Witness Present Andrew Sweeney, Henry Wilson, William Wilson.
From Docket of Orphans' Court,. Beaver County, March 1815 Session #6: James FERREE, deceased, Eleanor, Obediah and William FERREE, executors. Actual entry says: "Came into Court Eleanor Ferrel and Obediah Ferrel and William Ferrel, Executors of the last will and testament of James Ferrel, late of Beaver County, deceased, and presented the acccount of their Administration, by which it appears there is a balance in their hands of five hundred and eight Dollars and fifty two and a half cents."
October Term, 1819 #5: "Came into court William Ferrel, Administrator of the estate of James Ferrel, late of Beaver County, deceased, and presented the account of his Administration, by which it appears there is a balance due the Administrator of Ninety Dollars, sixtynine and three fourth cents. Which account the Court confirms." Except for the settlement of his land among William, James and Obediah, as contained in the Deed, other records of the Administration of James Ferrell's estate have not been found.
Note: Niece "Lenny" Patterson in James' Will. There is one Verlinda Patterson who married Henry Dawson. She was born 1810. "Lenny" may be daughter of James' unmarried (in 1777) sister, Verlinda Ferrell. See Will and descendants of James of Montgomery Co., Md. See notes for Verlinda Ferrell, one of his daughters. Niece Nancy Patton may be a granddaughter, as the term was sometimes used thus at the time the will was written.
James Farrell signed a petition for a new state, to be organized from Fayette, Washington and Greene Counties Pennsylvania, and Ohio and Monongalia Counties, Virginia, to be called 'Westsylvania'. The document, undated, is located in the Library of Congress, Papers of the Continental Congress No. 48, Folios 251-6, pages 89-96. His brother-in-law Daniel Swearingen signed as well. Another petition (there were several) is dated October 18, 1776.
Road Docket for Beaver County, December, 1805, Order to open a public road from Samuel Carothers on the Virginia State Line to near the church near Georgetown, James Ferrell was assigned along with Samuel Carothers, Samuel Swearingen, James Whitehill, David Peyton and William Langfit.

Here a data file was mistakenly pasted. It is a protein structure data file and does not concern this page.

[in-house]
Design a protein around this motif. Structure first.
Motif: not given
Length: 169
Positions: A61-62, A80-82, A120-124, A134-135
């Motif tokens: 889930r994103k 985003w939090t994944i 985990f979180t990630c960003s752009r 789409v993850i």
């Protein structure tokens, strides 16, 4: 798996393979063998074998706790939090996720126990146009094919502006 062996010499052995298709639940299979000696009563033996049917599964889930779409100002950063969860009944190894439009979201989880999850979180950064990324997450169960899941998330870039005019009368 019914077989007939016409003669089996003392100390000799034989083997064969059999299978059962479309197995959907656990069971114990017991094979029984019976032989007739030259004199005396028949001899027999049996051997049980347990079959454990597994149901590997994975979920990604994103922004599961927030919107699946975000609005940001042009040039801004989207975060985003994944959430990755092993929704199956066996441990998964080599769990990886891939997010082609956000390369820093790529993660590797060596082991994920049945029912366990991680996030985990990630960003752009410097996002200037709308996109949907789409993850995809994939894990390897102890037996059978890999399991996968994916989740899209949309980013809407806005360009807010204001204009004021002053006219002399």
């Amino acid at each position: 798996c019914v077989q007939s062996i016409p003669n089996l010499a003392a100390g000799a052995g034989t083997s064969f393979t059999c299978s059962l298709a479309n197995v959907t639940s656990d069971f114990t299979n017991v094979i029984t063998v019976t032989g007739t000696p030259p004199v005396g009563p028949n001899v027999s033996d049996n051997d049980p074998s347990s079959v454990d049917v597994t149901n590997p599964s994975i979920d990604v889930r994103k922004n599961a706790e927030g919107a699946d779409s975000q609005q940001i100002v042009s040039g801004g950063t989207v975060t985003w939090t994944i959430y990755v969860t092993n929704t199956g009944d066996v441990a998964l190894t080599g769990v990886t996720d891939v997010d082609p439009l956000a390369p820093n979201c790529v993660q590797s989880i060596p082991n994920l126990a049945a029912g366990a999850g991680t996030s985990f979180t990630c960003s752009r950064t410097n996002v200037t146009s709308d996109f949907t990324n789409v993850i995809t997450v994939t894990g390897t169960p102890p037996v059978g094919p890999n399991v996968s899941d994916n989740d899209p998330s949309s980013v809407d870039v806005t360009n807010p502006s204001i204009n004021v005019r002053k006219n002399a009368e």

Another entry in the Road Docket for March Session, 1818 orders a Public road built from the south end of William Ferrel's lane to the south end of John H. Reddick's farm at the Virginia State Line. (Would have been West Virginia from the 1860's). The following were ordered to participate, Bazel Swearingen, John McGlaughlin, James Chambers, Samuel Patton, Robert Doak and John Glasgow. By this date James Ferrell was deceased, but his land was owned by his son, William, and this entry is made to help establish where the Ferrell property was located at that date.
James Ferrel, Sr. also was signatory to a Beaver County petition to reform its township divisions to better accomodate their needs. Found in Road Docket No. I, No. 181, January Sessions, 1811. (Joseph Bausman's History of Beaver County, 1904, page 873/874).
A physical search of Hanover Twp., using Deed showing agreement between James, William and Obediah Ferrell concerning the division of their father's land according to his Will, dated 1823, and later deeds (K104 dated Oct. 17, 1831) showing sales of same land to Basil Swearingen, and a 1876 map of Hanover Twp. showing Basil Swearingen's land, along with a topographical map of the area, located James Ferrell's land on the North branch of Kings Creek, also known as Indian Creek, about four miles east of the present-day border with West Virginia and one mile south of Raccoon Creek State Park boundary. There are presently (yr. 2000) no buildings on the property. For deed showing disposition of his property see Notes for Obediah Ferrell.
It is my sense that James and Eleanor are buried in the private Swearingen cemetery described in Milestones, The Journal of Beaver County History, Vol. 20, No. 2 (Summer 1995).
Charles A. Swearingen, a great-great grandson of Samuel and Catherine Condell Swearingen and a family historian shared that Samuel Swearingen patented a farm which he called "The Home Place" containing some 393 acres. " The "Home Place" was not patented until after Samuel's death. Three sons: John Van, Bazel and Zacariah then secured the patent." (Note: James Ferrell called his plantation "The Home Place" - it was 100 acres of James' plantation that his son William Ferrell sold to Bazel Swearingen in 1832.) "When John Van, Bazel and Zacariah split up "The Home Place," John Van apparently held the part where Samuel had lived. The farm, in my time had 120 acres; and that is where the cemetery is located....It was in the southeast corner of that land that Mary Colvin was killed. Concerning the cemetery which is located on the road that leads from King's Creek Road (That is that portion of Hardin's Run Road that is on King's Creek) eastward to Poe on Route 168. (This road is now designated as "Swearingen's Road" and is so marked.) Samuel's wife, Catherine was probably the first to be buried in the family plot. She died about 1786, possibly at the death of Zachariah. The next would be Mary and her infant, I think in 1789. Samuel died in 1828 and surely is buried there. One stone still standing and legible in June of 1977 reads' Linda Patterson departed this life Apr. 6, 1810, aged (remainder of stone illegible)." Note this individual possibly was Verlinda Ferrell, James' sister and the mother of James Ferrell's niece, mentioned in his will as his ward. Verlinda Patterson, who became wife of Henry Dawson was born in 1810.